Social Emotional Learning is an area of focus in schools during the COVID-19 global pandemic.
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We have learned so much about social emotional learning (SEL) and how it impacts the learning of children and adults over the years. Programs such as Zones of Regulation, MindUp, and Second Step help children to identify their feelings, develop calm down and problem solving strategies. A huge impetus for Dr. Bonnie Henry in sending students back to school has been the mental health of our students. There are many resources that are available to support children as they cope with life with a global pandemic as the backdrop. If your child is experiencing high levels of stress and anxiety, your classroom teacher, the principal, the school counsellor and your family doctor are good starting points. Learn about social emotional learning, mental health and ask for help or just to talk. As the African proverb says - It takes a village to raise a child.
- CASEL @caselorg - The Collaborative for Academic, Social, and Emotional Learning provides high quality evidence based social emotional learning resources.
- Human Early Partnership The Human Early Learning Partnership (HELP) is a collaborative, interdisciplinary research network, based at the School of Population and Public Health at UBC. Their vision is to have all children thriving in healthy societies. Dr. Kim Schonert Reichl @kimshon, North America's top applied developmental psychologist and expert in SEL, UBC faculty, recently appointed NoVo Foundation endowed Chair of Social and Emotional Learning at the University of Illinois Chicago, regularly tweets helpful resources and opportunities for learning.
- The Mehrit Centre @Self_Reg features Dr. Stuart Shanker ( @StuartShanker )and information, resources and learning opportunities about self regulation. The Centre also publishes a Self Reg Parent Magazine.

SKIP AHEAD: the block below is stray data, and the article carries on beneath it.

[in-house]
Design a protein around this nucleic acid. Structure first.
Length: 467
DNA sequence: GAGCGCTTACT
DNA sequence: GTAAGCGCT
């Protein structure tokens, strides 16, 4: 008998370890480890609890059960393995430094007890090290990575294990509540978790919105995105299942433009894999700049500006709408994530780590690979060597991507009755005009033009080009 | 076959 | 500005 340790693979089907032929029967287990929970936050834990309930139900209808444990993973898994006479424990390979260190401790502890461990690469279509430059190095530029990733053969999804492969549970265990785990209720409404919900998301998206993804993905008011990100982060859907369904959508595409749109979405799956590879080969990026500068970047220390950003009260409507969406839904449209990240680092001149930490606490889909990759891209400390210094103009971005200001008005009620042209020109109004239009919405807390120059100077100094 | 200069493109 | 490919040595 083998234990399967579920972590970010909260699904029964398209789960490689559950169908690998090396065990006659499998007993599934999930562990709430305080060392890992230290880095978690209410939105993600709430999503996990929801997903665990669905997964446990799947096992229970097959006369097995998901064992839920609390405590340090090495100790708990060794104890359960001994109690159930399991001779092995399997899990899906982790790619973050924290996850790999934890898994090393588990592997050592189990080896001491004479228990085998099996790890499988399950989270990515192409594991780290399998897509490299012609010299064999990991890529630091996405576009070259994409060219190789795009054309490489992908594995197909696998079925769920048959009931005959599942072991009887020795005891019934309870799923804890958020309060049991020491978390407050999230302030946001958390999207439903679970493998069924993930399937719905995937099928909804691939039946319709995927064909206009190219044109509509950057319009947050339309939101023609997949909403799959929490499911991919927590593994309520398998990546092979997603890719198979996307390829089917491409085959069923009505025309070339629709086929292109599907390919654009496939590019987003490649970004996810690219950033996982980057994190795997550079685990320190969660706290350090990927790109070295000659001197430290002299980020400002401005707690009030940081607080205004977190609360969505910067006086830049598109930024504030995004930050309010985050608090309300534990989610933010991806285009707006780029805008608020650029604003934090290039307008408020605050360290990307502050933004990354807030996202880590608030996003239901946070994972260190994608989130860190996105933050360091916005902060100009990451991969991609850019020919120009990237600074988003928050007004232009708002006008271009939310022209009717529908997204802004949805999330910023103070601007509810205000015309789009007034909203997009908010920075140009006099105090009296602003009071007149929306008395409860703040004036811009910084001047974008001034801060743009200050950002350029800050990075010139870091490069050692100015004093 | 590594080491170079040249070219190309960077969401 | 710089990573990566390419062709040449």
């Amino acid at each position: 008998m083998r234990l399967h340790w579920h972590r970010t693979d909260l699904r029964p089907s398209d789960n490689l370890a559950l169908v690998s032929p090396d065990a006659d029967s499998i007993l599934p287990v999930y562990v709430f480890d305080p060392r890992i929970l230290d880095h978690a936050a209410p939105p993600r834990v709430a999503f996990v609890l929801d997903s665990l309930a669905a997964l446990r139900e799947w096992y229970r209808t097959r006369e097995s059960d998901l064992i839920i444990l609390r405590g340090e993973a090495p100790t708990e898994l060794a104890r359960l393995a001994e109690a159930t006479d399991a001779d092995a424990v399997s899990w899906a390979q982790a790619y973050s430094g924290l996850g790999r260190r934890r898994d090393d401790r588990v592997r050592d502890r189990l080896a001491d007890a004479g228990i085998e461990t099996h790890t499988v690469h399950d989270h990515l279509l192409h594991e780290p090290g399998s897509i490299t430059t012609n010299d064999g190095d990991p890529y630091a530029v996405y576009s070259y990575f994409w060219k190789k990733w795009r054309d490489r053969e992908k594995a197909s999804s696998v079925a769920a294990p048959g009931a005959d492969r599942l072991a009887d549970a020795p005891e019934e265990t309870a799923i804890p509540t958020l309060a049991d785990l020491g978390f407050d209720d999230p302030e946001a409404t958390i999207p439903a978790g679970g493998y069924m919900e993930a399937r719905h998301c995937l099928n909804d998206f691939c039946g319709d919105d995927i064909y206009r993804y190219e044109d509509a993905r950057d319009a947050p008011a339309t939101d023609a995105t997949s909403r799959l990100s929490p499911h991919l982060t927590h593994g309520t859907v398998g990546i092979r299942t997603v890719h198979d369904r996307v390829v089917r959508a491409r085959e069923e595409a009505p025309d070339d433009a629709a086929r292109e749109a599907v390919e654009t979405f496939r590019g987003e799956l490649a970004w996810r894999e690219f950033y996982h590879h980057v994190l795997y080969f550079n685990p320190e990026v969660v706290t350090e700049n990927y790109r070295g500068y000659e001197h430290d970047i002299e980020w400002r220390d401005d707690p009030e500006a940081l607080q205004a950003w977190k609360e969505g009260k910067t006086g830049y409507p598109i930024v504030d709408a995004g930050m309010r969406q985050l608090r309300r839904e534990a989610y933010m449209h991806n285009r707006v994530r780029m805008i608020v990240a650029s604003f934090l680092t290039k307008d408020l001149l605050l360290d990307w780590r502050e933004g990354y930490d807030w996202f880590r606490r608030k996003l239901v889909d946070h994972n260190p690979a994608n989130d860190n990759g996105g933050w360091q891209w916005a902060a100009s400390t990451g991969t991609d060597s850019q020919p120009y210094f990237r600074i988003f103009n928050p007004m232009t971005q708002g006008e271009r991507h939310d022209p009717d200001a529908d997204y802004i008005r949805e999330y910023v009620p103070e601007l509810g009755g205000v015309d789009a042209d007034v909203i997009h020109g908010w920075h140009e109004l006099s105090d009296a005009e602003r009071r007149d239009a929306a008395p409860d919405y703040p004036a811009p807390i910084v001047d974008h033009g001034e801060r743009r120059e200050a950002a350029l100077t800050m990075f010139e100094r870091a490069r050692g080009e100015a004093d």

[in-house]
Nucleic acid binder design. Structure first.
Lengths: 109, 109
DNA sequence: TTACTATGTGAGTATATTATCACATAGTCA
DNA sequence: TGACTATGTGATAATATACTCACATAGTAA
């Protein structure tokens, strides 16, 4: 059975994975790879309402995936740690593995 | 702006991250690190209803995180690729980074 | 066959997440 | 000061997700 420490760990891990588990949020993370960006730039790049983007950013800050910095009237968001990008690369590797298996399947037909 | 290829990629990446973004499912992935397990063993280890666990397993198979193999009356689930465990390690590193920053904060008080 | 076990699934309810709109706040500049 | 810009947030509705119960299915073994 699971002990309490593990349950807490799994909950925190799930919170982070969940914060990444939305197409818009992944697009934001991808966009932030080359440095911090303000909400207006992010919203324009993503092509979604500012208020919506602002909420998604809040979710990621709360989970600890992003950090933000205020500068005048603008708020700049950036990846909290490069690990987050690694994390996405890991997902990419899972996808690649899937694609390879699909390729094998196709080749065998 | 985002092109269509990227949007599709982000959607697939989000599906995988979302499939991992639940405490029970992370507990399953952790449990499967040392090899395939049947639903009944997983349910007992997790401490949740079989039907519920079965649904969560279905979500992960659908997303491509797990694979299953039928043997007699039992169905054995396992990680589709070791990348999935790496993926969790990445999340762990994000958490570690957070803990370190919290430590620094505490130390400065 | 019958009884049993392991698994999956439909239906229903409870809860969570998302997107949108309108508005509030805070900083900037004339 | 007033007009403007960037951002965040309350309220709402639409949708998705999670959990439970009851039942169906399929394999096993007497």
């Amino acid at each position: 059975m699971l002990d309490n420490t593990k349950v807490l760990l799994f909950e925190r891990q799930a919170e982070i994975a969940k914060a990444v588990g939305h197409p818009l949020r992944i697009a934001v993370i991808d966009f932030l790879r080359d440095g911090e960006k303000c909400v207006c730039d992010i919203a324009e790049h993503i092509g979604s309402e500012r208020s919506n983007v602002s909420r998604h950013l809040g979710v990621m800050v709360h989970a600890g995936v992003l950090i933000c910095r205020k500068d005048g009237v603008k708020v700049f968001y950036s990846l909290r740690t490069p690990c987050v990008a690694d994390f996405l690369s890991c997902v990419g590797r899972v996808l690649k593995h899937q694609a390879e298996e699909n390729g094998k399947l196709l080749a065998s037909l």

- Ruler @rulerapproach @YaleEmotion This evidence based approach to social emotional learning. For more information go to Yale Center for Emotional Intelligence.
- Small Talk | Worries | CBC Kids youtu.be/wna6CsZYfBA via @YouTube
BC Children’s Hospital is studying the impact of COVID-19 on youth mental health. If you are 10-17 years old or a parent of a child 6-17 years old, learn more about how you can participate.
- Supporting Children — By Supporting Practitioners and Families During COVID-19 and Beyond: Rapid Research Review on Effective Approaches for Reducing Childhood Anxiety report funded by The British Columbia (BC) Representative for Children and Youth, and supported by the BC Ministry of Children and Family Development, Child and Youth Mental Health Policy Branch.
- KidCareCanada Society has crafted thematically-based playlists of their videos. This includes 17 videos on the topic of "Anxiety, Stress, and Adversity"
- Harvard University's Center on the Developing Child video "Stress and Resilience: How Toxic Stress Affects Us, and What We Can Do About It"
- FamilySmart invited counsellors and parents to create 3 new videos that talk about what it’s like, what we can do in the hard moments and how we can strengthen our relationship with our kids when those have passed. This month's video resource is on: When Anxiety Shows Up as Anger. It is honest, practical and hopeful. The upcoming videos will be: October – Parenting when our kids can’t go to school; and November – Social Isolation. You can also register to join FamilySmart online to watch the video and talk about it with other families.
- Psychology Foundation of Canada - "Every Mind Matters" Newsletter